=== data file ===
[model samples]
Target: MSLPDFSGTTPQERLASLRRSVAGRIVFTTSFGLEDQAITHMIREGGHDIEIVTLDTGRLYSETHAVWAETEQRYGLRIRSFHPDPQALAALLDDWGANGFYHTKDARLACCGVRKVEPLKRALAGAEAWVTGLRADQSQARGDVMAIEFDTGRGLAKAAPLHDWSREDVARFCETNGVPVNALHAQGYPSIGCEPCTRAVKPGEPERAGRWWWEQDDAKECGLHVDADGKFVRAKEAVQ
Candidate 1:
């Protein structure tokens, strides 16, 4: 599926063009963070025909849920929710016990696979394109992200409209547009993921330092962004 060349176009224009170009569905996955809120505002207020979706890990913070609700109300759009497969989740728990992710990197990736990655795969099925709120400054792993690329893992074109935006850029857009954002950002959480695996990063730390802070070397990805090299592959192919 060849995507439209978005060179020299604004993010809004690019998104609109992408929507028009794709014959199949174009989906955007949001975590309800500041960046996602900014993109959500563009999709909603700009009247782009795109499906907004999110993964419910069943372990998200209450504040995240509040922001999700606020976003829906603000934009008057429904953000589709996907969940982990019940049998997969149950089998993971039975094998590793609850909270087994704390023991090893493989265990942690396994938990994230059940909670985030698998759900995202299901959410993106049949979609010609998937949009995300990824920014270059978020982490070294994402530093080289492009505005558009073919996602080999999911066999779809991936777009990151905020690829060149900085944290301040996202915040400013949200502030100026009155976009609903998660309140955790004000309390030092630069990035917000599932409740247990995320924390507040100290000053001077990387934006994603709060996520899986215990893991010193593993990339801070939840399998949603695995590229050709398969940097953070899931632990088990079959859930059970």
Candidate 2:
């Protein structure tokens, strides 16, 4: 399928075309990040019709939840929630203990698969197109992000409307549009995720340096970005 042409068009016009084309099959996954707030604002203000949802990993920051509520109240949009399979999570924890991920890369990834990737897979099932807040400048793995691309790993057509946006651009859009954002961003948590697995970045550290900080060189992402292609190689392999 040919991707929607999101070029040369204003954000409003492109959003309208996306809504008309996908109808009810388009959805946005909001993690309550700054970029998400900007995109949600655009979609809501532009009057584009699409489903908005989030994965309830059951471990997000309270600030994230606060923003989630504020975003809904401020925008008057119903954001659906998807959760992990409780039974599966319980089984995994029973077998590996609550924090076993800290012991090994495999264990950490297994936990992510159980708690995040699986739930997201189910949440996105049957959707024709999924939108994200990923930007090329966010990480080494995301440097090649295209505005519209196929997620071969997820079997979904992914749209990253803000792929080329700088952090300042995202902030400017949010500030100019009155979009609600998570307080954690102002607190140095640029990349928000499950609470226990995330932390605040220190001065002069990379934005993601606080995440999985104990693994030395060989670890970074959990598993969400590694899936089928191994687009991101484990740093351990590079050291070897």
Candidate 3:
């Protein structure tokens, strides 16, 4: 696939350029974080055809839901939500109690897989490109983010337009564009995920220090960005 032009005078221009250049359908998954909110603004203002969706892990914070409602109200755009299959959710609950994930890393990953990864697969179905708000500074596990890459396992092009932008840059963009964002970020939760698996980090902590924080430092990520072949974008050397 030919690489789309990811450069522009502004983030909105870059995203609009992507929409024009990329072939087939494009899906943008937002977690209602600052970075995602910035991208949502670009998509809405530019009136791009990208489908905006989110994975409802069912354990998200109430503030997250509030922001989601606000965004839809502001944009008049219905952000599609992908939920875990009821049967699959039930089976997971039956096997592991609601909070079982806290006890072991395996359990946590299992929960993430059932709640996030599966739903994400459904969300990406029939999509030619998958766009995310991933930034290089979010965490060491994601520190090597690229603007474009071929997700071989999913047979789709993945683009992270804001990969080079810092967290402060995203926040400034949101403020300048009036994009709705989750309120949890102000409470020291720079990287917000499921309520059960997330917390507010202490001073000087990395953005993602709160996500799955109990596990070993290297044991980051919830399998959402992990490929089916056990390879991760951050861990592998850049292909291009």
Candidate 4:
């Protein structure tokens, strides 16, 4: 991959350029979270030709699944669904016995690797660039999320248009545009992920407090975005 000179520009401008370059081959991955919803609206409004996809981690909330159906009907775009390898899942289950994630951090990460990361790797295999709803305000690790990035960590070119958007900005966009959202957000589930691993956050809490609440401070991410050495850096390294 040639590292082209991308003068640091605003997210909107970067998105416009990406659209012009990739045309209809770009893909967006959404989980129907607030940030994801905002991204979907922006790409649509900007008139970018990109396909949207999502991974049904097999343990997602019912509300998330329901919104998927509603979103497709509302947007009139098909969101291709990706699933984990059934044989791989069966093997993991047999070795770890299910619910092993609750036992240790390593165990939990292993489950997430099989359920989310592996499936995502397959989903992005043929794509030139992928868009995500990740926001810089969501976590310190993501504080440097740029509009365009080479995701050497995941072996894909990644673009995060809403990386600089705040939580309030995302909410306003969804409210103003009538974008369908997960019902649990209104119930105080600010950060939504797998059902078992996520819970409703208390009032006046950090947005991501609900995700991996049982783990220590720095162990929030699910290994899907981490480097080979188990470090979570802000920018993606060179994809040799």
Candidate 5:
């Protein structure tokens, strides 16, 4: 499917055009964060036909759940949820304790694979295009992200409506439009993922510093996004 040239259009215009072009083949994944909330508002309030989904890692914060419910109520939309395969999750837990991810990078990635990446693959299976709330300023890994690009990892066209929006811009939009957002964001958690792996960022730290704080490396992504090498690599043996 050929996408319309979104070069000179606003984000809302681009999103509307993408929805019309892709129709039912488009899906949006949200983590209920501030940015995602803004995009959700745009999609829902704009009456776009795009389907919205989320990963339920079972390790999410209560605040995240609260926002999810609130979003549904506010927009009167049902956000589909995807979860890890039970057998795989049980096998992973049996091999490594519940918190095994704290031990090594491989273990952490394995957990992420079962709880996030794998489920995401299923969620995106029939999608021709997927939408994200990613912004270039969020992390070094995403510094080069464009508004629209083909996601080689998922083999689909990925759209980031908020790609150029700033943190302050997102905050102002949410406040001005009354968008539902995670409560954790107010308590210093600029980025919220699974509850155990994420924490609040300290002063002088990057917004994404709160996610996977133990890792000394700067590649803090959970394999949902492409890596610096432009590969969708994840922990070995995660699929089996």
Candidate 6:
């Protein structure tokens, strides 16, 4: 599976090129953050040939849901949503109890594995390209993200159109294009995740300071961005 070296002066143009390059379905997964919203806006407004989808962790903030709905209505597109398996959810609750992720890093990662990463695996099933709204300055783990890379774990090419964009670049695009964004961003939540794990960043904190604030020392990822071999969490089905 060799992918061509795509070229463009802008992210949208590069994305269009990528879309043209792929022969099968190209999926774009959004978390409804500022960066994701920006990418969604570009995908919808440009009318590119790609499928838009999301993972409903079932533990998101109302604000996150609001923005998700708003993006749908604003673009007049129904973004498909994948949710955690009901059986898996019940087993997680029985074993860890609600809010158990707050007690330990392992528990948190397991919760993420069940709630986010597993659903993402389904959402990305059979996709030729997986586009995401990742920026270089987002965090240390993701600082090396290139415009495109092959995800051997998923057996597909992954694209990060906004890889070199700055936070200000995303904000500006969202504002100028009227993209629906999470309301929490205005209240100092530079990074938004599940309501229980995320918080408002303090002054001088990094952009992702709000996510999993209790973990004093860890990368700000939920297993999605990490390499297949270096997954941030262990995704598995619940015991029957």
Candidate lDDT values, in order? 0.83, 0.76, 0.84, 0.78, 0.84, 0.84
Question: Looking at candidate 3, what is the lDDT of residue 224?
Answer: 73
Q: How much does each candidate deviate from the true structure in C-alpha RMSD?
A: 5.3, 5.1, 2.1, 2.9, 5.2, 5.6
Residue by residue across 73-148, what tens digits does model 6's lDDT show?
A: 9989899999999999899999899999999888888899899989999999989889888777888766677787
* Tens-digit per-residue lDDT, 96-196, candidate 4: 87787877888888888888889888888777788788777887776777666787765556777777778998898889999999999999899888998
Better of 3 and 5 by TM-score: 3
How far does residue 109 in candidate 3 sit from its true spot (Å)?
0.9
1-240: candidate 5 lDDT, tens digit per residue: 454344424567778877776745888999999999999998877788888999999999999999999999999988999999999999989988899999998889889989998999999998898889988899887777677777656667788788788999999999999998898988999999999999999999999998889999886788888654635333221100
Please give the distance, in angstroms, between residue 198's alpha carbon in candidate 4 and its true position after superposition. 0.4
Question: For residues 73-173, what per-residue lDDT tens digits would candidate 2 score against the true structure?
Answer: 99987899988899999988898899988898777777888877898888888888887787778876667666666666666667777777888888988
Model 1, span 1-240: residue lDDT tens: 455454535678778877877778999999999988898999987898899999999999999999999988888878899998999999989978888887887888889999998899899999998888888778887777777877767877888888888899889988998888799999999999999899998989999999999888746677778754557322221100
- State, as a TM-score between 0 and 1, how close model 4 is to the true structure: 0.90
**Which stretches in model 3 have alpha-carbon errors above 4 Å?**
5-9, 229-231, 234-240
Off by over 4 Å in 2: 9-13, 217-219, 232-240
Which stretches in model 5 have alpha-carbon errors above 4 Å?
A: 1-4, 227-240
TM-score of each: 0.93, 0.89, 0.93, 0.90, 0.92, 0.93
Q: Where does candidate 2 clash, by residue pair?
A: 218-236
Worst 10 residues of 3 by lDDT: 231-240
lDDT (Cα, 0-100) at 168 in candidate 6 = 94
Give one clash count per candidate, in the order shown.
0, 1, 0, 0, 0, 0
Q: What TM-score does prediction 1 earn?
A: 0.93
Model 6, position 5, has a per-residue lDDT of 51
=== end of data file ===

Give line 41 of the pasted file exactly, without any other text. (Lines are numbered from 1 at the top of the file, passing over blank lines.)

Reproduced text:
lDDT (Cα, 0-100) at 168 in candidate 6 = 94